I got my older daughter out of the car; however, this employee who I later found out was a shift manager, would not honor the 3rd coupon. I asked again if I really needed to wake my sleeping baby, and she threw all three coupons back at me and said "NO cookies for you today...I was going to give you 2 but now I give you none." Shocked that we were arguing over 3 cookies, I informed her that I would be filing a complaint for the way I had been treated at this restaurant.
She was now refusing to honor ANY of the 3 coupons. I understand that rules are rules, but she could clearly see my son sleeping in the car less than 30 feet away. I feel that this Subway restaurant simply didn't want to honor the coupons, period. I now understand why Chick-Fil-A and McDonalds are so much busier than Subway restaurants...they understand how to be compassionate and accommodating to their customers, especially moms with young children like me. I will not visit this store again.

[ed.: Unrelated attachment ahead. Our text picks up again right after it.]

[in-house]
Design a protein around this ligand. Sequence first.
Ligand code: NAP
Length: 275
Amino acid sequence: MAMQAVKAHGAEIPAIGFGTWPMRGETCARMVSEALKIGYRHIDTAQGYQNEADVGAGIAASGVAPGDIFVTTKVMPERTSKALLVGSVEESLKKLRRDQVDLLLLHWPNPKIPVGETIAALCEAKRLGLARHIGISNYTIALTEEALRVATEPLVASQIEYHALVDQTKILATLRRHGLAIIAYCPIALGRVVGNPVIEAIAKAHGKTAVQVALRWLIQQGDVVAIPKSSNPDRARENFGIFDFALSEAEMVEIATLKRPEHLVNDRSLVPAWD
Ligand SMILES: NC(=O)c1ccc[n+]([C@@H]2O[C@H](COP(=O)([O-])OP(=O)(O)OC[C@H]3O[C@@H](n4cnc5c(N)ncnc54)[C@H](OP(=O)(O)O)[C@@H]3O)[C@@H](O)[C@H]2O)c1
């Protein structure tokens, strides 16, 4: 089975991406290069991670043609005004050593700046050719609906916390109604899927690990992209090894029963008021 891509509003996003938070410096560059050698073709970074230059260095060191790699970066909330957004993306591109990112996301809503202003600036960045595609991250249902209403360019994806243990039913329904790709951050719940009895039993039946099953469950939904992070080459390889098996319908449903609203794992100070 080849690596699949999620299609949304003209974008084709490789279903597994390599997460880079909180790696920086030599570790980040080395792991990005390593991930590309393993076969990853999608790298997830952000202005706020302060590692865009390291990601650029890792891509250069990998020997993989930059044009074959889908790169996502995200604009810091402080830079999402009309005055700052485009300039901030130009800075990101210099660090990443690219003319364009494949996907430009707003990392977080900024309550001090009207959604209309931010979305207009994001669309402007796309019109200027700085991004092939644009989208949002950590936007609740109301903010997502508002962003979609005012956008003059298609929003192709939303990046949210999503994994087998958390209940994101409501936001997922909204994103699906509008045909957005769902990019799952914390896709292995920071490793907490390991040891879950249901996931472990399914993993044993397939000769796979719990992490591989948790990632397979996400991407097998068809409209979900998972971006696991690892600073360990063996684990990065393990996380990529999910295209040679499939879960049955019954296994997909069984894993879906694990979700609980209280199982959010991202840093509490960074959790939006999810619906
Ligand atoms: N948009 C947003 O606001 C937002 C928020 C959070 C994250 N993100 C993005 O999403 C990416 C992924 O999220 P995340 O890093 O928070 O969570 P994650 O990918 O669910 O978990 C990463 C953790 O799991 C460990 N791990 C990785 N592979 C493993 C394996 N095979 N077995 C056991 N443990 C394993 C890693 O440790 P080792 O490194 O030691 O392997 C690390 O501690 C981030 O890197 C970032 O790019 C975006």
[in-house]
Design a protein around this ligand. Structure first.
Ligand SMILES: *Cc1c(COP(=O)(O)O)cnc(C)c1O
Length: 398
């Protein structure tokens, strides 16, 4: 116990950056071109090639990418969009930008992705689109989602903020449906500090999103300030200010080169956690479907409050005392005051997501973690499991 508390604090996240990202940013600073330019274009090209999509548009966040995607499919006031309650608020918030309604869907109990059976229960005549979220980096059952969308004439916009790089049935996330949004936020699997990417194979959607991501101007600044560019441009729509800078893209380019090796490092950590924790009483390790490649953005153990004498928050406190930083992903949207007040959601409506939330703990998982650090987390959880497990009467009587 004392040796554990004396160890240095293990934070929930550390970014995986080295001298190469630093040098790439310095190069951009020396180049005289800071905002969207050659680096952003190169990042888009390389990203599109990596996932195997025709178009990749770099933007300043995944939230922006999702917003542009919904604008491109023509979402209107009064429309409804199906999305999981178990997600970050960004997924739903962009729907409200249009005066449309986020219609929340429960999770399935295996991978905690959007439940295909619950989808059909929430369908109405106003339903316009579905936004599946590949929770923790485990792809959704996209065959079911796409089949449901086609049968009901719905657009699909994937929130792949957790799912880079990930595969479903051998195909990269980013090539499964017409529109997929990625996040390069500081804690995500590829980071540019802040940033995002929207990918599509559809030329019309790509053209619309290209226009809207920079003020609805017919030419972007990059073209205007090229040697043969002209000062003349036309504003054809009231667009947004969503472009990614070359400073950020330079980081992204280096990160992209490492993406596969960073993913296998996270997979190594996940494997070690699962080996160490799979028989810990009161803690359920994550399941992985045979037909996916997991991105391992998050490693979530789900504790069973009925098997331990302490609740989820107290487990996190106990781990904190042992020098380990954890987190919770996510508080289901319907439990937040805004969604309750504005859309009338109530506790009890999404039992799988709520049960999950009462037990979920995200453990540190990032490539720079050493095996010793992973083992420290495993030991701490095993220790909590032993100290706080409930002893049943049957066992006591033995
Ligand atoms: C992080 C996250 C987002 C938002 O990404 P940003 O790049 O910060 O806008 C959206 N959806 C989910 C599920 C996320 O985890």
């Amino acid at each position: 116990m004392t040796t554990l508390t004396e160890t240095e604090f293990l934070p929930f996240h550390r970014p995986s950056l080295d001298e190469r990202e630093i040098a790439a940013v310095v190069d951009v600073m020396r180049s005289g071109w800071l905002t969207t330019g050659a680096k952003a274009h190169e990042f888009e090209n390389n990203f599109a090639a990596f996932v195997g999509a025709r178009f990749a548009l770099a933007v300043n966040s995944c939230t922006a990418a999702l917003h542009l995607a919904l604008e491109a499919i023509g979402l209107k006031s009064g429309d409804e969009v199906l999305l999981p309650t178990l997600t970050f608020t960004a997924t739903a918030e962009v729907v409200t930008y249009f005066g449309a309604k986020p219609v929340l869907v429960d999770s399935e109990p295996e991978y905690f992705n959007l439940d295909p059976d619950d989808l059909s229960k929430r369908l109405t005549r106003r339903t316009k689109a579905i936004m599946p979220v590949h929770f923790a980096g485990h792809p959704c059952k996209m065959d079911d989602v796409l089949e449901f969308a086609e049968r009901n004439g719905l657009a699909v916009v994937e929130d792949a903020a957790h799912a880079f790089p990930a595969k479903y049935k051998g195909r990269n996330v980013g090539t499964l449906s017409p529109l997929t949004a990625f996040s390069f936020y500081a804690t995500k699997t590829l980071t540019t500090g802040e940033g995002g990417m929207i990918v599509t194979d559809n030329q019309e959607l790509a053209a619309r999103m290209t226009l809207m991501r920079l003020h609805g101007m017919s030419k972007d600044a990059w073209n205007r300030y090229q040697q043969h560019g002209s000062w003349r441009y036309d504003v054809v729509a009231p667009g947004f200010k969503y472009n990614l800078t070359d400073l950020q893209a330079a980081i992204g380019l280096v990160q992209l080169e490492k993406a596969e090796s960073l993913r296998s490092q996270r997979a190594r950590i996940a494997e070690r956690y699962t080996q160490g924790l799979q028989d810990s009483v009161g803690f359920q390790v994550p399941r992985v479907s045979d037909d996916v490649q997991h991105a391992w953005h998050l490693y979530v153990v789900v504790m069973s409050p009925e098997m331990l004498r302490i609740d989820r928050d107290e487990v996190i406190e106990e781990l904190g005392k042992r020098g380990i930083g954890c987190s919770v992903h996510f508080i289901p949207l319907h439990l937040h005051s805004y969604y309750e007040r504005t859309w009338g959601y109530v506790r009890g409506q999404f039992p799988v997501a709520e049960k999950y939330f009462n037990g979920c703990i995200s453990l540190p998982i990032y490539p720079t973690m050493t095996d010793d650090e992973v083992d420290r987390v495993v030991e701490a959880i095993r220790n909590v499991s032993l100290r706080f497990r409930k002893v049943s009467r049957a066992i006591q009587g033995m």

So Subway, miserable Subway, everyone complains about Subway... obviously it's the end of the world right? We just can't get through the day without putting in a complaint about Subway. So anyway customers want to know why Subway employees are so rude right? And employees want to know why customers are so mentally impaired right? Well I can explain. The problem starts with the employer/owners hiring in minimal employees to work for minimum wage...why? Because that's less people they have to pay for work, which means these few employees are working 12 hour shifts everyday of the week...